Today we’re whipping up a rich and creamy Watermelon Mint Lip & Cuticle Butter, designed to help pamper and protect the delicate skin around our nails and mouths. The base is just three simple, all-natural ingredients that come together to create a rich butter that’s initially stiff, and then softens into a decadent, nourishing treat for dry, irritated skin. It comes together really quickly and is a fabulous multi-purpose thing to have in your purse or bedside table. Let’s dive in!
Want to watch this project instead of reading it?
The bulk of this Watermelon Mint Lip & Cuticle Butter is new-to-me watermelon seed oil. How exotic sounding, no? Watermelon oil is pressed from the seeds of watermelons and is a gorgeous, lightweight oil. It sinks into the skin quickly, leaving an almost powdery feeling behind that I really like. It doesn’t have much of a scent—perhaps slightly fruitier than your average carrier oil, but nothing that comes through in end products or would make you think “ah! watermelons!” in a sniff test.
Complimenting silky, lightweight watermelon oil is something that’s pretty much the opposite—thick, sticky, unctuous lanolin. Lanolin is wonderful for chapped skin (it’s often the star ingredient in nipple ointments for breastfeeding moms). It is a wonderful skin protectant, moisturizer, softener, and occlusive, and it lends its ointment-y feeling to our products when used in higher concentrations. It also doesn’t smell… amazing… so I’ve kept the usage levels on the lower side so we can get the benefits without the sheep-y scent coming through.
Stearic acid is our thickener. In my experiments with stearic acid, I learned that it lends a wonderful buttery thickening and skin feel to thinner oils, and that’s exactly what I wanted here. 30% stearic acid transforms the blend of liquid watermelon oil and ultra-viscous lanolin into a firm, rich, creamy butter. Swoon! Please don’t swap out the stearic acid—nothing else will offer this sort of thickening our product.
I’ve selected mint essential oil to bring its refreshing goodness to the blend, but you could easily swap that out for something else you prefer, or leave it out altogether, replacing that 0.5% with more watermelon oil.
The process for this butter is melt, cool to trace in an ice bath (that happens fast with a 12g batch!), stir in the cool-down phase, and transfer the mixture to your container. While this butter is quite firm I wouldn’t say it’s firm enough for a lip balm tube, so I’d stick to some sort of wide-mouthed tin, jar, or tub. 15mL (0.5oz) is a good size for a 12g batch. Happy making!
Want to watch this project instead of reading it?
Watermelon Mint Lip & Cuticle Butter
Prepare a water bath by bringing about 3cm/1″ of water to a bare simmer over low to medium-low heat in a small saucepan.
While the heated phase melts, prepare an ice bath. Take a bowl that is large enough to accommodate the container the heated phase is melting in, and fill it about halfway with ice cubes and cold water.
After about 20–30 minutes everything should be completely melted through.
Once the heated phase has melted, remove it from the heat and stir for a minute, giving the container a chance to cool a bit (this is most important for glass [even tempered glass], where there’s a chance of it shattering from a big temperature change; I used a metal bowl so this wasn’t a big worry). Then place the bowl in the ice bath and stir constantly for just a few seconds, until you start to see some opacity building on the bottom (the amount of time this takes is very dependent on the size of your batch; 12g will cool very quickly). Remove the measuring cup from the ice bath and stir continually until the mixture is creamy and uniform. Weigh in the cool down phase ingredients and stir to combine.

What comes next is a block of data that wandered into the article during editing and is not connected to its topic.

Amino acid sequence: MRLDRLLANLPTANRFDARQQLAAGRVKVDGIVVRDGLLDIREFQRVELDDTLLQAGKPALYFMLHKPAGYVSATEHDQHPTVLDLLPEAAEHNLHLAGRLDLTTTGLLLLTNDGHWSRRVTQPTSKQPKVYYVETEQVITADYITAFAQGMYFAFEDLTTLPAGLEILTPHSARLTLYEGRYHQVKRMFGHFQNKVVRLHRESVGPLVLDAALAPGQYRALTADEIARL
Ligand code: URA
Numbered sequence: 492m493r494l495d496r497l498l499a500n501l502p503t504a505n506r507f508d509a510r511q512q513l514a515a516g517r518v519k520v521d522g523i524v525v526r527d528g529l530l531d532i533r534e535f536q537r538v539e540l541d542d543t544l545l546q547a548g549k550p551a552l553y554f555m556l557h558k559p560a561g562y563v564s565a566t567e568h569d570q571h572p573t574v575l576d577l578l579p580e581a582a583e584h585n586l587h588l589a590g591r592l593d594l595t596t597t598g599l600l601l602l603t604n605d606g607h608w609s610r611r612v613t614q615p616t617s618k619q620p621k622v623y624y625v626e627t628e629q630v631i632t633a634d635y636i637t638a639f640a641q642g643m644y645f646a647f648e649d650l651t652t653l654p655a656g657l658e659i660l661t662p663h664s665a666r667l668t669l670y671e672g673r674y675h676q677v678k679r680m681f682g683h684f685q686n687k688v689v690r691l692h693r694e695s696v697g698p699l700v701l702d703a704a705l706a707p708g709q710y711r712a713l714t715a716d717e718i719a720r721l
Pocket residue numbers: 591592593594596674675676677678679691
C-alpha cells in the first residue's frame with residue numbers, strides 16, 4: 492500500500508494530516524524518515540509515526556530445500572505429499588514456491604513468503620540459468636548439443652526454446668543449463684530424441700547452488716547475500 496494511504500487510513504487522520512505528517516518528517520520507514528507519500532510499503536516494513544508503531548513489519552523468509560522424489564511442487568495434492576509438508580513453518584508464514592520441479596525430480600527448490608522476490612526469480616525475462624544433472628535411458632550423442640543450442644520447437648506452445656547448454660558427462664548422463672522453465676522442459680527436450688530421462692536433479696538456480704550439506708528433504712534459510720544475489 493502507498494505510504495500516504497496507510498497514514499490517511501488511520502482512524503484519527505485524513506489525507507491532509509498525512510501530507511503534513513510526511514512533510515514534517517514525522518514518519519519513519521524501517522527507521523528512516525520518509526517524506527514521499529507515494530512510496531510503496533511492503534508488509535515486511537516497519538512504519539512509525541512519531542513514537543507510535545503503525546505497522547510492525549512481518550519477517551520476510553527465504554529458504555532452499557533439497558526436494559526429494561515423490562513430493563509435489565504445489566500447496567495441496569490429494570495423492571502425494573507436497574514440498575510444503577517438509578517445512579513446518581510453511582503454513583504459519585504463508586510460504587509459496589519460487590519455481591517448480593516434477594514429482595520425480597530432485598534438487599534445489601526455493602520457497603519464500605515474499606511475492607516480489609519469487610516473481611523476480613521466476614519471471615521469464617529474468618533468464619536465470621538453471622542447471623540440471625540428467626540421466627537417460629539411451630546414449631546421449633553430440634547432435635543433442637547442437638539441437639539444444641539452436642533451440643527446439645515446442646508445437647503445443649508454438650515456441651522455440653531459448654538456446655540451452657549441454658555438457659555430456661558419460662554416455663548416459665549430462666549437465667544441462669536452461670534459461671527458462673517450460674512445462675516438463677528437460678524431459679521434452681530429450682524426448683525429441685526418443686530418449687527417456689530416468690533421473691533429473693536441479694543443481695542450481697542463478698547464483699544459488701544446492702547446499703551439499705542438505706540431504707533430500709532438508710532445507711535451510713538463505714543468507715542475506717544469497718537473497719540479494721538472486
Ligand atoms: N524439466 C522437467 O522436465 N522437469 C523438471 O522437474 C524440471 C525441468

With that done, it’s time to package up your butter! I used a lovely 15mL black matte tin from YellowBee. That’s it!
To use, massage a small amount of the butter into your cuticles and/or lips as needed. Enjoy!
Because this butter is 100% oil-based, it does not require a broad-spectrum preservative (broad spectrum preservatives ward off microbial growth, and microbes require water to live—no water, no microbes!). Kept reasonably cool and dry, it should last at least a year before any of the oils go rancid. If you notice it starts to smell like old nuts or crayons, that’s a sign that the oils have begun to oxidize; chuck it out and make a fresh batch if that happens.
As always, be aware that making substitutions will change the final product. While these swaps won’t break the recipe, you will get a different final product than I did.
- As I’ve provided this recipe in percentages as well as grams you can easily calculate it to any size using a simple spreadsheet as I’ve explained in this post. As written in grams this recipe will make 12g, which fills a 15mL (0.5oz) tin nicely.
- To learn more about the ingredients used in this recipe, including why they’re included and what you can substitute them with, please visit the Humblebee & Me Encyclopedia. It doesn’t have everything in it yet, but there’s lots of good information there! If I have not given a specific substitution suggestion (watermelon oil, lanolin) in this list please look up the ingredient in the encyclopedia before asking.
- I don’t recommend swapping out the lanolin or stearic acid. Given the base of this formulation is made from just three ingredients, changing anything will impact it, but changing those two ingredients will really impact it.
- You could use a different essential oil.